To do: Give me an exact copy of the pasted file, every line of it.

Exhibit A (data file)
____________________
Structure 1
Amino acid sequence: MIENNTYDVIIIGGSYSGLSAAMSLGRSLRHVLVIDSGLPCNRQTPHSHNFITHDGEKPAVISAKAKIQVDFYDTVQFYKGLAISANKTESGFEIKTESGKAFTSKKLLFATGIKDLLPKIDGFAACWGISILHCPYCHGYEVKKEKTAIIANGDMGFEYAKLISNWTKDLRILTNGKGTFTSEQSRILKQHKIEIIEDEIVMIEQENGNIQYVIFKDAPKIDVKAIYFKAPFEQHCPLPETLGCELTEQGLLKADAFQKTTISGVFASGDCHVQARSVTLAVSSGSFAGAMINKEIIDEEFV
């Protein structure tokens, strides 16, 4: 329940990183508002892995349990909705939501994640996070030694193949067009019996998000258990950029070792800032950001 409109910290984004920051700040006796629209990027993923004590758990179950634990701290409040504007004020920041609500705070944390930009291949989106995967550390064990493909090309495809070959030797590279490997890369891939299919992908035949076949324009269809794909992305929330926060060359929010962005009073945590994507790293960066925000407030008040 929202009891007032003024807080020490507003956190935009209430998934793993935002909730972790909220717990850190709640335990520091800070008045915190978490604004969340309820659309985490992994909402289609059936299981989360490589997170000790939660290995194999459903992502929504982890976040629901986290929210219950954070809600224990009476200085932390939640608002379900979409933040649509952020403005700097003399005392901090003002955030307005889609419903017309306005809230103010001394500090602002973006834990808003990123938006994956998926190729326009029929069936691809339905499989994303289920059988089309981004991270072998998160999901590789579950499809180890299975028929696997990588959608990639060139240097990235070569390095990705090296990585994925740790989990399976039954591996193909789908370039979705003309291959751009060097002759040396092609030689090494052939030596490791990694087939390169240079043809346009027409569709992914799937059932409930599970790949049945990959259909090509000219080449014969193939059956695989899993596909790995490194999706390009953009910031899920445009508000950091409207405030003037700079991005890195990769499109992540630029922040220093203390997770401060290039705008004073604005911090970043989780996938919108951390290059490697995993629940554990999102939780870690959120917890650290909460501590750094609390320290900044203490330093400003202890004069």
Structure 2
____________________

Structure 1
Amino acid sequence: MIENNTYDVIIIGGSYSGLSAAMSLGRSLRHVLVIDSGLPCNRQTPHSHNFITHDGEKPAVISAKAKIQVDFYDTVQFYKGLAISANKTESGFEIKTESGKAFTSKKLLFATGIKDLLPKIDGFAACWGISILHCPYCHGYEVKKEKTAIIANGDMGFEYAKLISNWTKDLRILTNGKGTFTSEQSRILKQHKIEIIEDEIVMIEQENGNIQYVIFKDAPKIDVKAIYFKAPFEQHCPLPETLGCELTEQGLLKADAFQKTTISGVFASGDCHVQARSVTLAVSSGSFAGAMINKEIIDEEFV
């Protein structure tokens, strides 16, 4: 329940990183508002892995349990909705939501994640996070030694193949067009019996998000258990950029070792800032950001 409109910290984004920051700040006796629209990027993923004590758990179950634990701290409040504007004020920041609500705070944390930009291949989106995967550390064990493909090309495809070959030797590279490997890369891939299919992908035949076949324009269809794909992305929330926060060359929010962005009073945590994507790293960066925000407030008040 929202009891007032003024807080020490507003956190935009209430998934793993935002909730972790909220717990850190709640335990520091800070008045915190978490604004969340309820659309985490992994909402289609059936299981989360490589997170000790939660290995194999459903992502929504982890976040629901986290929210219950954070809600224990009476200085932390939640608002379900979409933040649509952020403005700097003399005392901090003002955030307005889609419903017309306005809230103010001394500090602002973006834990808003990123938006994956998926190729326009029929069936691809339905499989994303289920059988089309981004991270072998998160999901590789579950499809180890299975028929696997990588959608990639060139240097990235070569390095990705090296990585994925740790989990399976039954591996193909789908370039979705003309291959751009060097002759040396092609030689090494052939030596490791990694087939390169240079043809346009027409569709992914799937059932409930599970790949049945990959259909090509000219080449014969193939059956695989899993596909790995490194999706390009953009910031899920445009508000950091409207405030003037700079991005890195990769499109992540630029922040220093203390997770401060290039705008004073604005911090970043989780996938919108951390290059490697995993629940554990999102939780870690959120917890650290909460501590750094609390320290900044203490330093400003202890004069």
Structure 2